The 2008 presidential election is a wonderful example. At the rallies for Democrats — and particularly for Obama — we saw the entire rainbow, the complete diversity of the human animal (with the exception of some rallies in all-white areas like Iowa where Obama won his stunning first primary victory). However, at the Republican rallies the phrase raisin in the sun comes to mind. There were very, very few (and very often NO) minorities — and we know this is not because of Obama's color, because this pattern has been precisely the same for decades.
The Republican Party sees the danger, the trap they're in. They know the demographics of the American electorate are changing. They know that by 2030, whites will comprise less than half the population. That's why they seem to go out of their way to support blacks who do join the Republican Party. In fact, it seems to me (without any hard proof) that blacks in the Republican leadership are overrepresented when compared to the number of blacks in the Republican rank and file; and if this is true, it would be either affirmative action, which is anathema to conservative dogma, or tokenism.
But in all honesty, I can't think of a way for the Republicans to escape the trap, unless they adapt to the continuing change in the American psyche. There are some facets of conservative dogma that are attractive to minorities (witness the blacks' support of Prop. 8 in California), and even some that I like (I strongly support nuclear power). However, as a whole, the minorities see which party's welcome is genuine, and which party's welcome smacks strongly of patronization — their votes evince their overall perception — they are genuinely welcomed among the Democrats, but the sincerity of the welcome among Republicans is certainly open to question.
To make matters worse, this unfavorable perception is only reinforced by current events like Barack the Magic Negro, Bush moving to a neighborhood where people of color were banned until 2001, a candidate for the RNC chair giving up his membership at a whites-only country club, etc., ad nauseum; and this is without people like David Duke and the popular perception that Neo Nazis support (if grudgingly) the Republican Party, if only because they flat-out hate the Democrats.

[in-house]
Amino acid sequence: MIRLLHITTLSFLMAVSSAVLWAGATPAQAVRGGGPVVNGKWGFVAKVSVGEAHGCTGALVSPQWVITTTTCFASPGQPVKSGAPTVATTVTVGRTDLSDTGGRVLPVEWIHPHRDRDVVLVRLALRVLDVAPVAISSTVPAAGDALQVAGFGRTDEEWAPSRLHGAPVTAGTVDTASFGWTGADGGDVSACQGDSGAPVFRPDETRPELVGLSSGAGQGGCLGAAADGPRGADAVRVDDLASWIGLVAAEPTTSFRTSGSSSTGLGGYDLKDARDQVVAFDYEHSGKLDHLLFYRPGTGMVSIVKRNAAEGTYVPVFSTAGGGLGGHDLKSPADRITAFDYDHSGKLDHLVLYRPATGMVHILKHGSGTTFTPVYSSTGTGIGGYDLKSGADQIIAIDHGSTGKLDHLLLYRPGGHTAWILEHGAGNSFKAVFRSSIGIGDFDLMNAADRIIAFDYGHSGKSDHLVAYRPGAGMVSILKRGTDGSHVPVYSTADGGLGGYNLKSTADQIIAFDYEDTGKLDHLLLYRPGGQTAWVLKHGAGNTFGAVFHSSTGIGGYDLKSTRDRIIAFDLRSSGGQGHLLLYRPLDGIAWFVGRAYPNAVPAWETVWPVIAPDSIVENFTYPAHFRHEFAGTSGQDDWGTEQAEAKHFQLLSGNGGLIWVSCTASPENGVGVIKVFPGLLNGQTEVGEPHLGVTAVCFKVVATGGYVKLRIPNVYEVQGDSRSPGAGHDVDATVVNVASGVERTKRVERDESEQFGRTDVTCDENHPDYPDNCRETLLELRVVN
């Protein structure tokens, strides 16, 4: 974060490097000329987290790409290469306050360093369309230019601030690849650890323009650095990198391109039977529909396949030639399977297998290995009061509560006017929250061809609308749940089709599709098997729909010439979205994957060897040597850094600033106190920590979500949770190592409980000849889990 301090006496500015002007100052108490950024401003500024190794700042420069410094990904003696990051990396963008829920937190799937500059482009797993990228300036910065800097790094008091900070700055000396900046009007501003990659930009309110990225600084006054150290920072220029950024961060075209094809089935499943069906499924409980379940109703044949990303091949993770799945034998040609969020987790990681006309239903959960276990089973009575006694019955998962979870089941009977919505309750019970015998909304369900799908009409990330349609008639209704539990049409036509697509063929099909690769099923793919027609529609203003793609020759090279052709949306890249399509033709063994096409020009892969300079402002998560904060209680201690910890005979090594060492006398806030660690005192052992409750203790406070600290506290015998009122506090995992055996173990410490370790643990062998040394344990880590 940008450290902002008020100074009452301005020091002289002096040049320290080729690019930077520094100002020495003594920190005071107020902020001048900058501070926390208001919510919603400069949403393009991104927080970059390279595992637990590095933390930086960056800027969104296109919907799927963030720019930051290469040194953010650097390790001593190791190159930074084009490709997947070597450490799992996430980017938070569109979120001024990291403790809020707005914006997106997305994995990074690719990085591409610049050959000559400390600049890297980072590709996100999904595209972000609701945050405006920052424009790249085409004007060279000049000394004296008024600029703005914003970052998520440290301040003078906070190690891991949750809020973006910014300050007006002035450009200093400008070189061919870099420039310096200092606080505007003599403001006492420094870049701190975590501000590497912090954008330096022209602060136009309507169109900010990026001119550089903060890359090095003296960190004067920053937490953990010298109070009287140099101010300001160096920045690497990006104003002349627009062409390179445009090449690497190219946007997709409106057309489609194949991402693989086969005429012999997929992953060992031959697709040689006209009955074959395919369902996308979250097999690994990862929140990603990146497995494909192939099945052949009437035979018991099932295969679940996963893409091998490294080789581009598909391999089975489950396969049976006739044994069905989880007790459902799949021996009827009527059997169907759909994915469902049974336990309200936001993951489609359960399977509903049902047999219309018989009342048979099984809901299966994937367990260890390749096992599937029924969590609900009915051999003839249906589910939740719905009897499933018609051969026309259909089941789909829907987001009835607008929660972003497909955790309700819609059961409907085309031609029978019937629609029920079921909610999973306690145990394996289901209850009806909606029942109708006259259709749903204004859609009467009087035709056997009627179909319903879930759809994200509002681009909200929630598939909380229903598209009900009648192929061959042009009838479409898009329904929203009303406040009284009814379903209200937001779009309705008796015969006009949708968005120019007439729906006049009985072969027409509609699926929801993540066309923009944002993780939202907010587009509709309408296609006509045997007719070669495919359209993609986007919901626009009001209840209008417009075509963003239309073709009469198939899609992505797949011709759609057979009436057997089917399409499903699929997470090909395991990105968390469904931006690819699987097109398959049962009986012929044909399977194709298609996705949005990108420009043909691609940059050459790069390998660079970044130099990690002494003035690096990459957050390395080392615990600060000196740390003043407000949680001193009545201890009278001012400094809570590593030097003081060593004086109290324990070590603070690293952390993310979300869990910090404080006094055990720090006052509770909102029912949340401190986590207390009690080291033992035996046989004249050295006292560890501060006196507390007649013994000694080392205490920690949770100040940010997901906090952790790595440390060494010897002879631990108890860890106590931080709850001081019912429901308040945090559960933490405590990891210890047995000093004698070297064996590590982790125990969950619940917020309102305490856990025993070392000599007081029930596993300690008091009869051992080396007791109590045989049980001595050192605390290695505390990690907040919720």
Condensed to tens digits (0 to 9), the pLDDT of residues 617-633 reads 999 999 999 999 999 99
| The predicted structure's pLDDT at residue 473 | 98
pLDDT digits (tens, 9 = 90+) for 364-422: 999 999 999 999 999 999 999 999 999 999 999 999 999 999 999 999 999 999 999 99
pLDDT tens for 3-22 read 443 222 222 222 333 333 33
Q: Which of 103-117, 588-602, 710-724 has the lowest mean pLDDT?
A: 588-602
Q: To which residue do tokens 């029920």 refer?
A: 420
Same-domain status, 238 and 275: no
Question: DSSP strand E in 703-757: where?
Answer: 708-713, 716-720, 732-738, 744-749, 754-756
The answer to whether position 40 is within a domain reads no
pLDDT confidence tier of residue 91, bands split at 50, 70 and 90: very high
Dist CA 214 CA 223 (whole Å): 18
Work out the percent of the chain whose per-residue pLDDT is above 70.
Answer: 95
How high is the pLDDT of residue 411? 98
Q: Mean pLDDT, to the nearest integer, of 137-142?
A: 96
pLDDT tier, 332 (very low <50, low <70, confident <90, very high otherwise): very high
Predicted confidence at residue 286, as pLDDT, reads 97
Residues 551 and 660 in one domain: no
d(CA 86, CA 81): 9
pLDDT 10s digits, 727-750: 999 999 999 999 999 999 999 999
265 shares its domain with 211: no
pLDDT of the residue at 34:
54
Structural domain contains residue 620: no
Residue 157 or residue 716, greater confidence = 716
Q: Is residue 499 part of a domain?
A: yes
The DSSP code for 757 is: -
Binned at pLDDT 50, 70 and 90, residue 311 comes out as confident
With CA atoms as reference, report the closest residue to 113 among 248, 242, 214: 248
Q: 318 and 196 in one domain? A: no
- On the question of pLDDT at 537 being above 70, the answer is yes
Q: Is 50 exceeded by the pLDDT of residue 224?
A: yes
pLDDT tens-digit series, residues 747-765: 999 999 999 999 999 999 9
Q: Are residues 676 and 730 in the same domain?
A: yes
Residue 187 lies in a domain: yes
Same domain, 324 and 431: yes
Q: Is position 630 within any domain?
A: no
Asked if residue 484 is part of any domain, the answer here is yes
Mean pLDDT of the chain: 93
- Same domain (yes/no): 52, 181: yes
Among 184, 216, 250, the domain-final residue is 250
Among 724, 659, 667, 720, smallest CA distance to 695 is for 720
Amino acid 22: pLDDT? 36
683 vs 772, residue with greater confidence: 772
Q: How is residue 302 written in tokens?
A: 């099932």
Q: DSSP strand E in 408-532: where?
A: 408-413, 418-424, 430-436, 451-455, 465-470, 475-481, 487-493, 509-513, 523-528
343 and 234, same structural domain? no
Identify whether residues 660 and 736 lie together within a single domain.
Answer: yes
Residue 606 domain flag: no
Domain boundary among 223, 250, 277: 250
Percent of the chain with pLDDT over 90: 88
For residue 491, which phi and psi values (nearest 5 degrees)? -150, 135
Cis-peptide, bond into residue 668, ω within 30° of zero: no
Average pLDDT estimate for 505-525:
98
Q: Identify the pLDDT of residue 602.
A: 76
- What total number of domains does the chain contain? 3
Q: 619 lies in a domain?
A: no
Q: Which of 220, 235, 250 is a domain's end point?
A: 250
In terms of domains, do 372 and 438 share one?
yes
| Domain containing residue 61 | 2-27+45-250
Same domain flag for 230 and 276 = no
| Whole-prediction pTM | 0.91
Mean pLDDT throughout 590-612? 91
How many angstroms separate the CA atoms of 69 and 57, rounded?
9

Another, and perhaps the final, nail in the coffin is the Republicans' refusal to accept LGBT's. For here, as with race, the American psyche is changing. With every passing year, America is becoming far more tolerant of those with different sexual orientations, and again, as with race, this tolerance will only increase over time. I've heard it said that perhaps ten percent of the general population is either gay or bisexual (or simply ignores/endures the attraction), and the Republicans can ill afford to alienate yet another ten percent of the electorate.
In summary, if the Republicans do not adapt to this sea change in the American psyche in the coming years, they will find themselves increasingly marginalized by their inability to sincerely, genuinely, and wholeheartedly accept those different from themselves. This marginalization will be slow, but it will happen, barring some catastrophe that ends the America we now know.
The theory of evolution is hated and disparaged by a large segment of conservatives; but as in nature, those who do not adapt to great changes in the political environment will find themselves increasingly isolated, their power and influence increasingly diminished.
My advice to the Republican Party: Evolve or die.Powered by Sidelines